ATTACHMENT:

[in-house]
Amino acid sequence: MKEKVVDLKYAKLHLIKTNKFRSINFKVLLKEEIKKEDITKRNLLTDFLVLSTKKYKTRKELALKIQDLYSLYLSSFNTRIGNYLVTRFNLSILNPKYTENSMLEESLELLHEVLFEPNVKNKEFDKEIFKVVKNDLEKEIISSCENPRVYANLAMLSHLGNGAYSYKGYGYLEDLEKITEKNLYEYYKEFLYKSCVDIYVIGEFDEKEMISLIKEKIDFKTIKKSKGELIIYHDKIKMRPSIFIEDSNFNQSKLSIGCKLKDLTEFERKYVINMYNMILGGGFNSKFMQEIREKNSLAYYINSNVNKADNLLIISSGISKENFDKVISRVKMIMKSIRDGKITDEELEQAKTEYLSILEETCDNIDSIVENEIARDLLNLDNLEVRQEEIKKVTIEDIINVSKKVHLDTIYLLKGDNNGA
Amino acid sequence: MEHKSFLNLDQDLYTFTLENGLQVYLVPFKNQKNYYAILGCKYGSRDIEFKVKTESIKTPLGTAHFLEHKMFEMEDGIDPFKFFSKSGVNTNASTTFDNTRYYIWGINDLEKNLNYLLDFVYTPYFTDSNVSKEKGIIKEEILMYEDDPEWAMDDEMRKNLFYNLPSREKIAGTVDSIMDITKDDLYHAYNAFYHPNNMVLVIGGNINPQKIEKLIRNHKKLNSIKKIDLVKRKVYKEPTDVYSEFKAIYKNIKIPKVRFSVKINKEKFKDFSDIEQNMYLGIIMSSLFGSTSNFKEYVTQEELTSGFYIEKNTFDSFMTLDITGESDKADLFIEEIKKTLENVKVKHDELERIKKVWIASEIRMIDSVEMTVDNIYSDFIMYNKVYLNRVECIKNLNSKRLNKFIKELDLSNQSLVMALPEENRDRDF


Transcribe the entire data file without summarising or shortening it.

[in-house]
Amino acid sequence: MKEKVVDLKYAKLHLIKTNKFRSINFKVLLKEEIKKEDITKRNLLTDFLVLSTKKYKTRKELALKIQDLYSLYLSSFNTRIGNYLVTRFNLSILNPKYTENSMLEESLELLHEVLFEPNVKNKEFDKEIFKVVKNDLEKEIISSCENPRVYANLAMLSHLGNGAYSYKGYGYLEDLEKITEKNLYEYYKEFLYKSCVDIYVIGEFDEKEMISLIKEKIDFKTIKKSKGELIIYHDKIKMRPSIFIEDSNFNQSKLSIGCKLKDLTEFERKYVINMYNMILGGGFNSKFMQEIREKNSLAYYINSNVNKADNLLIISSGISKENFDKVISRVKMIMKSIRDGKITDEELEQAKTEYLSILEETCDNIDSIVENEIARDLLNLDNLEVRQEEIKKVTIEDIINVSKKVHLDTIYLLKGDNNGA
Amino acid sequence: MEHKSFLNLDQDLYTFTLENGLQVYLVPFKNQKNYYAILGCKYGSRDIEFKVKTESIKTPLGTAHFLEHKMFEMEDGIDPFKFFSKSGVNTNASTTFDNTRYYIWGINDLEKNLNYLLDFVYTPYFTDSNVSKEKGIIKEEILMYEDDPEWAMDDEMRKNLFYNLPSREKIAGTVDSIMDITKDDLYHAYNAFYHPNNMVLVIGGNINPQKIEKLIRNHKKLNSIKKIDLVKRKVYKEPTDVYSEFKAIYKNIKIPKVRFSVKINKEKFKDFSDIEQNMYLGIIMSSLFGSTSNFKEYVTQEELTSGFYIEKNTFDSFMTLDITGESDKADLFIEEIKKTLENVKVKHDELERIKKVWIASEIRMIDSVEMTVDNIYSDFIMYNKVYLNRVECIKNLNSKRLNKFIKELDLSNQSLVMALPEENRDRDF